Wednesday, May 29, 2019

The Long Hundred 015/100: Grotesque - In The Embrace of Evil which the Gothenberg sound got off to a profoundly grim start.

[This is part of a series of posts dedicated to 100 albums I feel lucky to have heard. The full list and a more detailed explanation of the series can be found here.]

Scoff if you must, but I didn't know Grotesque had connections to any other Swedish band the first time I heard them.

A high school friend lent me a compilation that came with the Swedish magazine Close Up, featuring bands from Dolores Records and its various sub-labels. Of particular interest to my teenage self were the last five songs, drawn from the label's death metal subsidiary Black Sun. Even now, the collection of bands blows my mind: The Crown (back when they were known as Crown of Thorns), Sacrilege, Ceremonial Oath (a short-lived band that included members of In Flames and Dark Tranquility), and Grotesque. These songs represented a perceived leap forward in heaviness from the Swedish death metal I was familiar with, and I made a note to track them all down.

I'm not sure when I discovered that Grotesque vocalist "Goatspell" was actually Tomas Lindberg from At The Gates, and "Necrolord" was Kristian Wåhlin, who created artwork for some of the most important releases in the Nineties; but even without its famous members, I would have loved Grotesque immediately. Tracks like "Ripped From The Cross" and "Submit To Death" stripped death metal down to its primal core, then gleefully slathered it with blasphemy and misanthropy. It was all a teenage hesher could want.

Funnily, though Grotesque are considered a seminal part of the Swedish death and black metal scenes, they don't sound remotely like either; rather, their music has more in common with continental death-thrashers Vader and Sinister. Tomas Lindberg has stated that Sepultura's early releases were crucial in shaping Grotesque, and it shows: Even as a teenager, I knew intuitively that Bestial Devastation and In The Embrace of Evil were cut from the same cloth, and molded by the same influences (Hellhammer and Kreator, above all else; for what its worth, the earliest review of Grotesque refers to them as "death grind metal"). Regardless, Grotesque's influence quickly spread and inspired heshers in their home town to create their own blasphemous racket - leading inevitably to the creation of "Gothenberg Sound" as we know it.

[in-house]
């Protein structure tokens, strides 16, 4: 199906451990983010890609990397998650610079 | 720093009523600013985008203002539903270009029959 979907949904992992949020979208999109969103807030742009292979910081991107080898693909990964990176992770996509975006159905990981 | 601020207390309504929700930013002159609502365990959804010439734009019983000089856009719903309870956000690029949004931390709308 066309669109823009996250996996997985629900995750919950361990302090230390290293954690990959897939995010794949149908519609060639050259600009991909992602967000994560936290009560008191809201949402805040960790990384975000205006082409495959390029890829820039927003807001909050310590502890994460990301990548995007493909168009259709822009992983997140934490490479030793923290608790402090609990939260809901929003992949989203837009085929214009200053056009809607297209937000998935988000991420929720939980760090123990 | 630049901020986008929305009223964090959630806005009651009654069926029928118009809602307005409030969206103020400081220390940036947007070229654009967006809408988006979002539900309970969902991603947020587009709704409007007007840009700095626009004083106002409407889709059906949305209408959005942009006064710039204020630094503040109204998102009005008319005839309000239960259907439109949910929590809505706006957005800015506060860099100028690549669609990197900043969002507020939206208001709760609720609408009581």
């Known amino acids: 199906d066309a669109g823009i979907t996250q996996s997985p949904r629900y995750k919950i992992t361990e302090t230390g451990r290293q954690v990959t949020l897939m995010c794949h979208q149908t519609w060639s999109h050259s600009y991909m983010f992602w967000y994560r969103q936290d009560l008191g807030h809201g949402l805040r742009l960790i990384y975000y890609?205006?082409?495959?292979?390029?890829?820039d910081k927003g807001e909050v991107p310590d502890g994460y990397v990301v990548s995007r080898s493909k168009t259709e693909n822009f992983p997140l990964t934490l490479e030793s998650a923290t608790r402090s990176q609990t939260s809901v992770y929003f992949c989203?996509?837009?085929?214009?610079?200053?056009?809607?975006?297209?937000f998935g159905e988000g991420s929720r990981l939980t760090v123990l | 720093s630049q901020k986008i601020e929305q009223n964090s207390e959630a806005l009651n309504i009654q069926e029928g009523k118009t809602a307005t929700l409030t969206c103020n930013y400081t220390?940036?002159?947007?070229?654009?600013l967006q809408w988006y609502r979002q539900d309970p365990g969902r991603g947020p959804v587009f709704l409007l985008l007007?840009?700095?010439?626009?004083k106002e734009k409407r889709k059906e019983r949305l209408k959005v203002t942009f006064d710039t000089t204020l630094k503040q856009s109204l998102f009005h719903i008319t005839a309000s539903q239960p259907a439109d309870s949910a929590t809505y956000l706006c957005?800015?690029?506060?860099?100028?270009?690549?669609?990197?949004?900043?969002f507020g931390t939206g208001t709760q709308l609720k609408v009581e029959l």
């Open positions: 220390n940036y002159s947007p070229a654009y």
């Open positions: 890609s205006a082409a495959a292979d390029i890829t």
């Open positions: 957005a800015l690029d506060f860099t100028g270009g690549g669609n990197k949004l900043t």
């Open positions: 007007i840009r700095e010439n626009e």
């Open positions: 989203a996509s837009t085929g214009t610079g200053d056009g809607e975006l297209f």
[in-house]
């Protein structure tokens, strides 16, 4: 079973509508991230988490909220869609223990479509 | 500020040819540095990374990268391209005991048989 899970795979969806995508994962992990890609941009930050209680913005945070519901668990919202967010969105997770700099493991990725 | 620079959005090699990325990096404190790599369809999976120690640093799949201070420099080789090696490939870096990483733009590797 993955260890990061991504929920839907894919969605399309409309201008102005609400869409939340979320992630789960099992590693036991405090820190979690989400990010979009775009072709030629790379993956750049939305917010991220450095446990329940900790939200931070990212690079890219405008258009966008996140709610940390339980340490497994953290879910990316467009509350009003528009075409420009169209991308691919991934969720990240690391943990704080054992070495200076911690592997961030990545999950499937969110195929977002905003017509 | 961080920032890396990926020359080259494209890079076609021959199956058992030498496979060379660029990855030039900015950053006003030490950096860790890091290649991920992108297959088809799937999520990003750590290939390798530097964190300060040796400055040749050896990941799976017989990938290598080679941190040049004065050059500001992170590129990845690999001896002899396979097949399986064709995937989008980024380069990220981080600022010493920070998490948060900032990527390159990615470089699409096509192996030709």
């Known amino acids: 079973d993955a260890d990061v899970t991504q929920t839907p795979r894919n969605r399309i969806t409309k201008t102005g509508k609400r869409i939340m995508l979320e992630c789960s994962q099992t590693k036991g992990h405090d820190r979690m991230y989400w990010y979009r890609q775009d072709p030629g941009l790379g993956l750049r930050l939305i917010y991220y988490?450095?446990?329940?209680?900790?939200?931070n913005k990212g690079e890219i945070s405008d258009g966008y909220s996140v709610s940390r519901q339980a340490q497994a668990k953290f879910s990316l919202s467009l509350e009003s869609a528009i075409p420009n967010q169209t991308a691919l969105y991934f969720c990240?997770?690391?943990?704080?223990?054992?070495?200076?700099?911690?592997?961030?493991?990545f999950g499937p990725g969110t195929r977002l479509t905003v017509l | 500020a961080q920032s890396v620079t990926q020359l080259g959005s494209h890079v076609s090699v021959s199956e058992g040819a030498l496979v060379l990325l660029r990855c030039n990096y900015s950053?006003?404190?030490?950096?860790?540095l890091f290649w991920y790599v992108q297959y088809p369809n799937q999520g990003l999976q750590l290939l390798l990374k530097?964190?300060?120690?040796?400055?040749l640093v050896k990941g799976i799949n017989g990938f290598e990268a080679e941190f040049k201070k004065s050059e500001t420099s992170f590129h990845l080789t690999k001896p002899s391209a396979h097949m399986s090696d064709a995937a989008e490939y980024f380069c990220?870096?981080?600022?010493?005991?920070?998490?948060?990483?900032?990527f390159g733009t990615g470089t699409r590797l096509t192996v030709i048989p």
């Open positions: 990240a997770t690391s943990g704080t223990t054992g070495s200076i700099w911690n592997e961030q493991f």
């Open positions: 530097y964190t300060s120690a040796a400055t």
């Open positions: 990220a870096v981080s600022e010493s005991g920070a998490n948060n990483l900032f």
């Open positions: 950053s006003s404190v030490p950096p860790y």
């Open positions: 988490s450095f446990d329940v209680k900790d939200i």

Due to how suspiciously crisp it sounds (especially in comparison to the first two At The Gates albums that it supposedly predates), I suspect that In The Embrace of Evil is a "demo compilation" in the same way that Slayer's Live Undead is a "concert recording". Original drummer Offensor has uploaded songs from the original The Black Gate Is Closed deno tape, painting a more accurate picture of what it meant to listen to Grotesque in 1989:

Honestly, re-recording these songs was for the best; there's a power and immediacy in the band's music that was lost in their earliest recordings, and probably couldn't have been captured by studio engineers of the time. Unvarnished but effective,  In The Embrace of Evil captures the truth of the band's music in a way the real demos never did.

After Grotesque, Wåhlin hung on to the "Necrolord" moniker as his illustration career blossomed. Though he's primarily known for the album covers he created over the years, his post-Grotesque project Liers In Wait is worth checking out - their sole release Spiritually Uncontrolled Art, largely forgotten, is a commendable successor to Grotesque's reckless bluster.

As for Grotesque, they're more popular now than at any time during their brief life: Throw a stone at the Hell's Headbangers, Nuclear War Now or Blood Harvest roster, and you'll be sure to hit a band who emulates Grotesque with a shameless reverence. Ironically, Grotesque - originators, innovators, trailblazers - have attracted a fan-base who want nothing more than what's already been done. Honestly, the band's popularity with a certain kind of denim-vested hesher made me question if I wanted to include them in The Long Hundred; but every time I hear In The Embrace of Evil, it takes me back to my dorm room. I'm grateful I got to experience it when I did, and for as long as I have.

Submit To Death:

Dan Swanö